The exposition comprises 66 paintings by Maria Nelep (1929-2005). It is a new name for naive art appreciators. Exhibit organizers say Nelep’s work is in the same line with that of such world-famous masters of naive painting as Kateryna Bilokur, Hanna Shabatura, Nykyfor Drovniak, Ivan Heneralych, Niko Pirosmani, and others.
Maria Nelep (nee Kosohon) was born to a large family in the village of Obukhiv, Kyiv oblast. She survived the 1933 and 1947 famines, worked hard at a kolkhoz and as a maidservant, and then was a construction site worker in Kyiv for 36 years.
Unknown to the general public and tending the sick son, Maria worked inspiringly at her urban apartment, creating masterpieces of naive painting. Multi-aspect compositions flowed almost daily from her improvised paintbrush on plywood planks, glass, and cardboard. Flowers, rural houses, neat courtyards, churches, people, Obukhiv landscapes with characteristic hillocks, valleys, gullies, and rivulets are the subjects of her pictures full of particular sincerity, naivety, and emotional expressiveness.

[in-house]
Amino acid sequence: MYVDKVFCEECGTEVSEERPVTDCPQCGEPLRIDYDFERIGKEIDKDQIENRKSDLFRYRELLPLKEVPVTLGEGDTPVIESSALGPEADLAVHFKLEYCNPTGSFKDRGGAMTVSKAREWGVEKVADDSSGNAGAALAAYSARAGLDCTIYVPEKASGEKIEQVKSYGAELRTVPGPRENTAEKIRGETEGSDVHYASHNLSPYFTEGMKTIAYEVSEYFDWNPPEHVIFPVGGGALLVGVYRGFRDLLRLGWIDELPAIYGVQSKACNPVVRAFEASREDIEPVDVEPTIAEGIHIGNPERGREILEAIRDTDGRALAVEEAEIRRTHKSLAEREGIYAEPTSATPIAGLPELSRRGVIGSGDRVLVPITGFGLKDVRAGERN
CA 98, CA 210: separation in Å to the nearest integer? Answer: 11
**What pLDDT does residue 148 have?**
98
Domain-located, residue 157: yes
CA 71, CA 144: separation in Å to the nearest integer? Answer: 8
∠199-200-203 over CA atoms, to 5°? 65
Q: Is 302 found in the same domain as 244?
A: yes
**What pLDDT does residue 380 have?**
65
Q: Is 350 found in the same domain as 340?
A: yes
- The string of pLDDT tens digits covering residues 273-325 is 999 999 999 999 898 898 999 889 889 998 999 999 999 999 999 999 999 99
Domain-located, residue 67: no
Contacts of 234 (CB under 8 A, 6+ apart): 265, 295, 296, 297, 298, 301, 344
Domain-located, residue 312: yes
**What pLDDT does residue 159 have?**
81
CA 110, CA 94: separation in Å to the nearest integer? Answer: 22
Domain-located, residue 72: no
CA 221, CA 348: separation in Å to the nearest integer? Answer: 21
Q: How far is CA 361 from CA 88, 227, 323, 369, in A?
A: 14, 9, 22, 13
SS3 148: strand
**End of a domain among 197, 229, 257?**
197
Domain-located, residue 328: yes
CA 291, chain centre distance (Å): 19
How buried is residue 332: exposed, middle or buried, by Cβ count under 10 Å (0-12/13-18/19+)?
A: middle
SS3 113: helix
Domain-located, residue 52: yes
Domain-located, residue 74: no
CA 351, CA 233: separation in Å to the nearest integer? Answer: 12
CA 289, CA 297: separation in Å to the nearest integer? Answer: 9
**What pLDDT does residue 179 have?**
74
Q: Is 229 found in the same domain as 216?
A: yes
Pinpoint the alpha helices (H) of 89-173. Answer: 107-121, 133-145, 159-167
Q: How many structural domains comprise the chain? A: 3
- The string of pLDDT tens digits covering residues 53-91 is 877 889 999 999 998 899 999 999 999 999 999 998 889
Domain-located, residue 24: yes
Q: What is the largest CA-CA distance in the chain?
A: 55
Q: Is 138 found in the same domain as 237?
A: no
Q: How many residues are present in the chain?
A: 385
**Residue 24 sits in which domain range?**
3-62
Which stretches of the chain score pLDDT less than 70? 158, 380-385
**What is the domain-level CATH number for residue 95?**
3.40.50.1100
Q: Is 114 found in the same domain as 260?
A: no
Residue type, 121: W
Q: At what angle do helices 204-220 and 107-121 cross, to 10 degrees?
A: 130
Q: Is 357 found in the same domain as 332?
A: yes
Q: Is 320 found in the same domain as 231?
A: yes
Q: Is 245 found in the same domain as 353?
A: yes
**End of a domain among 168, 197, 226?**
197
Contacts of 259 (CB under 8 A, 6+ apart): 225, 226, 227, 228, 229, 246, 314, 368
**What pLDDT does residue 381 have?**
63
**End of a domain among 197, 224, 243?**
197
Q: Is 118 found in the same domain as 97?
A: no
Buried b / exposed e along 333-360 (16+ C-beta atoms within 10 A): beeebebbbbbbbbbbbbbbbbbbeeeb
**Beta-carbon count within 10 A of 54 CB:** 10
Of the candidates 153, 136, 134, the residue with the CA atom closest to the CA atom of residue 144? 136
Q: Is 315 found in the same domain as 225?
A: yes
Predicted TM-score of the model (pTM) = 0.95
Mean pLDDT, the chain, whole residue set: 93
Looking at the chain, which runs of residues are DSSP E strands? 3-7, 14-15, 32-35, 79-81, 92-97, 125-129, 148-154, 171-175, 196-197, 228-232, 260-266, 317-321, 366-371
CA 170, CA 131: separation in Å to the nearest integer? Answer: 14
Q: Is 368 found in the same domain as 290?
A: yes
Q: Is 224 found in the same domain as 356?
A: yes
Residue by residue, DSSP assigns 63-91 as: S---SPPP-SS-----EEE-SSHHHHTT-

In her works, Nelep tried to say as much as possible about the important moments in her life and in the life of her fellow villagers, complementing images with ample captions-stories and thus creating sort of a chronicle of her native village.
In the last years of her life, the master was cared for by employees at the National Center of Folk Culture “Ivan Honchar Museum.” They managed to preserve her artistic legacy and even a stock collection of Nelep’s works – more than 400 pictures! The artist’s unique legacy is being displayed for the first time in a museum gallery as part of the annual project “Naive April.” The exhibit is accompanied by an educational program – thematic lectures and excursions, interactive lessons for in-depth study of the particularities of naive art and revelation of the secrets of Nelep’s artistic phenomenon.
“In my view, it is the purest art, without influence of any schools and names, which comes out of the artist’s heart. The pictures are an uncommon show of the history of Ukraine, and short captions under the drawings look like long stories,” Oleksandr Klymenko writes in Facebook, sharing his impressions of the exhibit.
The exhibit will remain open until April 30.